Last weekend same thing new place, Ok food, again, the McDonals concept ! they had a total staff of five serving about 60 people . It took forever and once again the servers well all under 21, they only bring the food and cannot server liqueur. you have to stand in line to order.

This must be some new trend and it is awful to say the least when dinning out with friends. All of us agreed that next time we will rotate dinner at each others homes, sort of a dinner party concept, some friends are ATS'ers too which makes good dinner conversation anytime.

I do know person that owned several dinning establishments he now has 1 left. all in a matter of years time. the one he has left is a Sub-Way. I got food posing from that place one time. never again. Seafood has oil, some could be radio active. and chicken has arsenic in it, from another post I just read. I'm done with dinning out.

edit on 10-6-2011 by SJE98 because: (no reason given)



posted on Jun, 10 2011 @ 01:38 AM
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reply to post by kro32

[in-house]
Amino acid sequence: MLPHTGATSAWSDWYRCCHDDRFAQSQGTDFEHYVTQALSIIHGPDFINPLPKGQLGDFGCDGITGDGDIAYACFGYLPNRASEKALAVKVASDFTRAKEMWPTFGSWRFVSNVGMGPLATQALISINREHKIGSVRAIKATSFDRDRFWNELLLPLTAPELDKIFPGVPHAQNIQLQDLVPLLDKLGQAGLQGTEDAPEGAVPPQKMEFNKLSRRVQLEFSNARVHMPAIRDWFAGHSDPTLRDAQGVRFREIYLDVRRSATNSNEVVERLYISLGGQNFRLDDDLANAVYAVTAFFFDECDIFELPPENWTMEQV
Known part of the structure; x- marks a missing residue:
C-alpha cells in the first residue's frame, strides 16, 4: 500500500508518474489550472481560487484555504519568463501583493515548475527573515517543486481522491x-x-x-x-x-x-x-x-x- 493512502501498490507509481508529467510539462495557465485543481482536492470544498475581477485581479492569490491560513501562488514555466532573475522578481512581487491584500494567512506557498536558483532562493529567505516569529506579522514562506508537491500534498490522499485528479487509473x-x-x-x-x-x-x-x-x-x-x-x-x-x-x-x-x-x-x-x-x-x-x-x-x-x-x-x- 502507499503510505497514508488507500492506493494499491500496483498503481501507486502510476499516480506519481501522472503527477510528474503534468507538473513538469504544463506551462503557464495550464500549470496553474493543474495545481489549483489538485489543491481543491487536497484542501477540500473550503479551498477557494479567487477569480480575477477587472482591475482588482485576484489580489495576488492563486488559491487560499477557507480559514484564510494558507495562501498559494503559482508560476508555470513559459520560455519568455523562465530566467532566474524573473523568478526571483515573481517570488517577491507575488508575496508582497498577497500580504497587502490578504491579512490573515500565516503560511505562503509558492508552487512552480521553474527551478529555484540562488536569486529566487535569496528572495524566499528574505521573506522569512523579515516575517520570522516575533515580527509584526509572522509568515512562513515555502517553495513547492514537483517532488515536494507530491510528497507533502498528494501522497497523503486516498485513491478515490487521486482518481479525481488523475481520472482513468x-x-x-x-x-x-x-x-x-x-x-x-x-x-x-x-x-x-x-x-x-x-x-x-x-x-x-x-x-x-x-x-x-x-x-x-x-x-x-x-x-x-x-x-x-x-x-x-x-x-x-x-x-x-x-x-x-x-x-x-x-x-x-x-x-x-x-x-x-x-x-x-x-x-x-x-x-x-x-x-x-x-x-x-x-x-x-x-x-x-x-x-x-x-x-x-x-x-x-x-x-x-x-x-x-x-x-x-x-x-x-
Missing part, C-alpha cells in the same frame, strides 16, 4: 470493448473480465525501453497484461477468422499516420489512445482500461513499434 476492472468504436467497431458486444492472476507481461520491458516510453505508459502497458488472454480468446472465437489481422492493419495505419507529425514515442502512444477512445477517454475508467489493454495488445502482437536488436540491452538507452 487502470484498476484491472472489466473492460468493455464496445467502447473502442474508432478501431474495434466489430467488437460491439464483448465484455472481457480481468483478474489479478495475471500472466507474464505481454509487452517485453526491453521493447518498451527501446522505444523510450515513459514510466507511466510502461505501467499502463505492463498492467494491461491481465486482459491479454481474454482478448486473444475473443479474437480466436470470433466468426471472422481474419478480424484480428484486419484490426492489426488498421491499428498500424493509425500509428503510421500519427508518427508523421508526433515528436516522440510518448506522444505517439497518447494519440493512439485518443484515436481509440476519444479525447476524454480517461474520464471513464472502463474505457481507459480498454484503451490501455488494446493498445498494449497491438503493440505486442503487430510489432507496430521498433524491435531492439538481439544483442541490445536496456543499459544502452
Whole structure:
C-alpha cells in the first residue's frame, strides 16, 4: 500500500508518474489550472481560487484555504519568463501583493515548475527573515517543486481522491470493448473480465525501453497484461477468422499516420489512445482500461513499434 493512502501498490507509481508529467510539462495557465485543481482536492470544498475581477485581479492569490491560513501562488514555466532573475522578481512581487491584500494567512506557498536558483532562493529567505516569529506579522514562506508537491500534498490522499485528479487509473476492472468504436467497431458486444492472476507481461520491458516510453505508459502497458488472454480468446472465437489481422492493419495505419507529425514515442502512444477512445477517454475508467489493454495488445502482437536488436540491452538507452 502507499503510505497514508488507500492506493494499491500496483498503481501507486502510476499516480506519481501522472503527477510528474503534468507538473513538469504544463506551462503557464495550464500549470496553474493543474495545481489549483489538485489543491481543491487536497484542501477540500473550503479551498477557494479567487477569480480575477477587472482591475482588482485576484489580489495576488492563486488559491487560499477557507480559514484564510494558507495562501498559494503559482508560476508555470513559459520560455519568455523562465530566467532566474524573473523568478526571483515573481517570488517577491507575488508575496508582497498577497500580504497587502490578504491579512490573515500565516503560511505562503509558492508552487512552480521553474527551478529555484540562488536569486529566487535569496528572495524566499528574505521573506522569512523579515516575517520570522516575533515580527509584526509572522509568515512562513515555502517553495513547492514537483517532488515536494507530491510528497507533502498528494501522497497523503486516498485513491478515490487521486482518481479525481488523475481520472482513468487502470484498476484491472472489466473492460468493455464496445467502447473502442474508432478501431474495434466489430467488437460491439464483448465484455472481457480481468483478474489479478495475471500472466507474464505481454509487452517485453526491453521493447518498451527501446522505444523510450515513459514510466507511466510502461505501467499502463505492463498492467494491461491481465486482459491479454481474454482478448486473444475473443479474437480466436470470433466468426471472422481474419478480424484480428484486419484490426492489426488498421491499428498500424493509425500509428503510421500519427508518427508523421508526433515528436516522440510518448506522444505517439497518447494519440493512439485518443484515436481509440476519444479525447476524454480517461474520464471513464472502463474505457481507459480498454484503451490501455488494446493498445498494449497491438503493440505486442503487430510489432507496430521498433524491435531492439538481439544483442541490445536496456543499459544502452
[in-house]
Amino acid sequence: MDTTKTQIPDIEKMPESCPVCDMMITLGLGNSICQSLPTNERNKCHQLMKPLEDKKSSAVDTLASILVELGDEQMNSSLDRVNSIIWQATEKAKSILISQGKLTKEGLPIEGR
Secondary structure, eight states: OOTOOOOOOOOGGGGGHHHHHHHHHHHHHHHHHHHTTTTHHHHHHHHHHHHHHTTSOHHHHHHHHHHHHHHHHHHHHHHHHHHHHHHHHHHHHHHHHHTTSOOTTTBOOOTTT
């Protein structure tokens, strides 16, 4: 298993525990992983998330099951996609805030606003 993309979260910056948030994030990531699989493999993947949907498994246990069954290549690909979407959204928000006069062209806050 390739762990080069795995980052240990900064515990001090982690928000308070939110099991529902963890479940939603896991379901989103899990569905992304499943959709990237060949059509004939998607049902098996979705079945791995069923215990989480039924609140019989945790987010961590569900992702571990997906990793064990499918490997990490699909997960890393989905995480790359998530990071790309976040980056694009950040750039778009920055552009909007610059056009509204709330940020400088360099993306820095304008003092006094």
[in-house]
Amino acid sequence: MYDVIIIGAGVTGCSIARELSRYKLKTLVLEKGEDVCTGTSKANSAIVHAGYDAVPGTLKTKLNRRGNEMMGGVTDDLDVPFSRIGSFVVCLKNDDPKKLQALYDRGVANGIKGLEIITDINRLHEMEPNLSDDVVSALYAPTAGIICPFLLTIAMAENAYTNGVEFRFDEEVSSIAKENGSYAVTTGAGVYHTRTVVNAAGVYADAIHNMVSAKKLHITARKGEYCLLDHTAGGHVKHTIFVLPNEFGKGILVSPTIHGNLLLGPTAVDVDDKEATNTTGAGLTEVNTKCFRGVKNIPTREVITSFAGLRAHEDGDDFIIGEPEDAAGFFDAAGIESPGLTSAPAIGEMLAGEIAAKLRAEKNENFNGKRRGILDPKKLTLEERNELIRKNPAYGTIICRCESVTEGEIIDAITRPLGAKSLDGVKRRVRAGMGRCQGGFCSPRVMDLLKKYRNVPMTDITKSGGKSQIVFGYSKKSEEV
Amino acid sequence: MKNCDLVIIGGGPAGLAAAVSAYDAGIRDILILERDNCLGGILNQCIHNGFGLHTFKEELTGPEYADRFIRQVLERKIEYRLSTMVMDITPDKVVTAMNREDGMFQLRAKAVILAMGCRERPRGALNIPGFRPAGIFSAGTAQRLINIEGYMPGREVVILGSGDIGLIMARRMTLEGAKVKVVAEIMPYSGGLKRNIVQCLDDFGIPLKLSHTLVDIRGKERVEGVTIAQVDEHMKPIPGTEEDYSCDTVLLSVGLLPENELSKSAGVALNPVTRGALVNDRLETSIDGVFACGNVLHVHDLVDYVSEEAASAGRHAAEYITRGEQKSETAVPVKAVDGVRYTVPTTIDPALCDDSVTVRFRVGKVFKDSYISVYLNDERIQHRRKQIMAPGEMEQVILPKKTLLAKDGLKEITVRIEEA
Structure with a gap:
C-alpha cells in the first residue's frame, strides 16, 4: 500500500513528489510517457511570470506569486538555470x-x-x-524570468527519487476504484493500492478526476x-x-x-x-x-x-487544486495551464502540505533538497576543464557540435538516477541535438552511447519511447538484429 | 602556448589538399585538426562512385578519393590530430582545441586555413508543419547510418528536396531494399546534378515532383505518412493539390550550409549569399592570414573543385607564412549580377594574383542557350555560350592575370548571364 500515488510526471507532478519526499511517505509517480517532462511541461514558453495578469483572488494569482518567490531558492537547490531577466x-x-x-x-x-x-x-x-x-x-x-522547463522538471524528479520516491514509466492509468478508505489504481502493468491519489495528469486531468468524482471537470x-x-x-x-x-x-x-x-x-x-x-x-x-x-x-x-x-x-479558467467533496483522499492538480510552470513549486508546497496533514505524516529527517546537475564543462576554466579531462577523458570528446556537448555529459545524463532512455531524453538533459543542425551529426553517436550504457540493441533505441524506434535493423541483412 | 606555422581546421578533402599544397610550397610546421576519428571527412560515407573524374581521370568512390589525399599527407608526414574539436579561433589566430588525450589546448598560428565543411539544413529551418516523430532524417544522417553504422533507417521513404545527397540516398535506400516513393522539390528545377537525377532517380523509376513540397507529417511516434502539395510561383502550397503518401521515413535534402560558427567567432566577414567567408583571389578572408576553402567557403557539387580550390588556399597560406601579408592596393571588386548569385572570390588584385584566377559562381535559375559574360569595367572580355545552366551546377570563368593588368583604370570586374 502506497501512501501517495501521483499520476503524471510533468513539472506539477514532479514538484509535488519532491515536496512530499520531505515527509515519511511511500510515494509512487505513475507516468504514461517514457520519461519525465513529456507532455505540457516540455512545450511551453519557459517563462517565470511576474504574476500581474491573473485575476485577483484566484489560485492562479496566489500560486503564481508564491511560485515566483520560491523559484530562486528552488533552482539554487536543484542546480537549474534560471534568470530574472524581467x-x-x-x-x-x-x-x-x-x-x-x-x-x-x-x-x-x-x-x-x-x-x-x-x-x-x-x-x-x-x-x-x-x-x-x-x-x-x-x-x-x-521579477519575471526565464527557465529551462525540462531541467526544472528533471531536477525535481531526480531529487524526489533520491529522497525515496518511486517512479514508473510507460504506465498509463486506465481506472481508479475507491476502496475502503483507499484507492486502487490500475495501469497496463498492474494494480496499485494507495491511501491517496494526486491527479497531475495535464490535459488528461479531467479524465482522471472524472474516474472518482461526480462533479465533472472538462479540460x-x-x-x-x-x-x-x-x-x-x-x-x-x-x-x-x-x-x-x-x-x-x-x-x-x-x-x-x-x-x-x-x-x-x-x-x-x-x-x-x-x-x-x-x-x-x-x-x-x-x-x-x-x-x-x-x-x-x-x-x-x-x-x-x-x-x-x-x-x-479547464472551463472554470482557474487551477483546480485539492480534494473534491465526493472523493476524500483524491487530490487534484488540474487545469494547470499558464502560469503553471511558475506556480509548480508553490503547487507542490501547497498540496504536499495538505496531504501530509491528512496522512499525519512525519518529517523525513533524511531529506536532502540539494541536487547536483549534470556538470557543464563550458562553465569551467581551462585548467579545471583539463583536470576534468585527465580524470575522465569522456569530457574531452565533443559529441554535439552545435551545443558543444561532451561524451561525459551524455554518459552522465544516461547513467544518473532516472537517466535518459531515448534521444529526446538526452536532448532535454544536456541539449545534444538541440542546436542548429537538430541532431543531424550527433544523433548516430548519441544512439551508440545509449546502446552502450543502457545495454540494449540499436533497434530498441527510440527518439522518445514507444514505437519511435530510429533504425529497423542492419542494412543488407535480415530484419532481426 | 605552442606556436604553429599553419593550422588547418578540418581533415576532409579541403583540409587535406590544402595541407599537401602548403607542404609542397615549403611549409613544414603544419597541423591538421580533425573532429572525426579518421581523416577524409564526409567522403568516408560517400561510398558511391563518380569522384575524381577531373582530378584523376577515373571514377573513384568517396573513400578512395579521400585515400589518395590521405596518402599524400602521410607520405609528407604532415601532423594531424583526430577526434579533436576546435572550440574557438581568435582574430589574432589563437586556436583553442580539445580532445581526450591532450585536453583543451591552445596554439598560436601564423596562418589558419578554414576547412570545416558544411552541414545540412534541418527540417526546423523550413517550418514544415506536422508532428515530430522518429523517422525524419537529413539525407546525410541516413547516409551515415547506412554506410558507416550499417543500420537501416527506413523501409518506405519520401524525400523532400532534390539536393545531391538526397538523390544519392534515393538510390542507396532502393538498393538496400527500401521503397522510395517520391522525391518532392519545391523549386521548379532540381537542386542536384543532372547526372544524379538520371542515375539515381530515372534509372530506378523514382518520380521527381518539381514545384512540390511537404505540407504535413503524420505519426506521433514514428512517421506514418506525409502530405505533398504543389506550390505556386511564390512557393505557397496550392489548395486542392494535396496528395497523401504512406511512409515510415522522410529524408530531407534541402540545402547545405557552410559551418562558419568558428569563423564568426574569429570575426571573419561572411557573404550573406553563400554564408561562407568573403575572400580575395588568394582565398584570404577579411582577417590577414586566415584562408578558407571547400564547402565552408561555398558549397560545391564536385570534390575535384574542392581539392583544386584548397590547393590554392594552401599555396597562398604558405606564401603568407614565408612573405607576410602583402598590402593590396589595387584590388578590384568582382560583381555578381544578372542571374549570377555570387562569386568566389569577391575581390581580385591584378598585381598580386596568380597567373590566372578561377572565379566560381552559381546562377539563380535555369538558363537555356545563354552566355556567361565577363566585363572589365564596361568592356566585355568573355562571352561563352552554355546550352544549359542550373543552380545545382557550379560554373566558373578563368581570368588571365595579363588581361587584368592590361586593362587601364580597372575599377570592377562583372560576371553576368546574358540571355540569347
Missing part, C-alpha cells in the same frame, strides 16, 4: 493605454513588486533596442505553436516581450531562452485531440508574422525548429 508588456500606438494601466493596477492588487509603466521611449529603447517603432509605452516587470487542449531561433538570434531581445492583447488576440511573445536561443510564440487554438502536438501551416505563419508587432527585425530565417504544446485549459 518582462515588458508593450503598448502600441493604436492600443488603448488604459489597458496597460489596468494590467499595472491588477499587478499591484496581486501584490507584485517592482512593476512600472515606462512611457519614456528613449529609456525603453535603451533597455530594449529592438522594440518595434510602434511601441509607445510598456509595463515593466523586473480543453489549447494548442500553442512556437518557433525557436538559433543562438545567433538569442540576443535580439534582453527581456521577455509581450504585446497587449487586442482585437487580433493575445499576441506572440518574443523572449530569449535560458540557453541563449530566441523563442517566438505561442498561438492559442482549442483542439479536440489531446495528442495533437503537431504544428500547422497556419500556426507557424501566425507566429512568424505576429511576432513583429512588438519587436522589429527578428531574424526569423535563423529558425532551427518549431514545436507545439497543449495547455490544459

You seem to miss my point.. so I'll say as clearly as possible:

Instead of rationally thinking that if they lowered prices to bring in more customers which would lower the profit per customer but raise over all profits.. the corporation opted to raise prices, thus profit per customer, but fewer customers.

The result was the corporation makes a smaller profit than they did when the prices were 50% cheaper.

If I held stock in the corporation I'd be pretty pissed off that this elitist ideology that they can support 700+ restaurants solely off the top 5% income brackets is backfiring and resulting in smaller profits. (2008 profit was 2.88 per share. 2011 estimate is .78 per share.)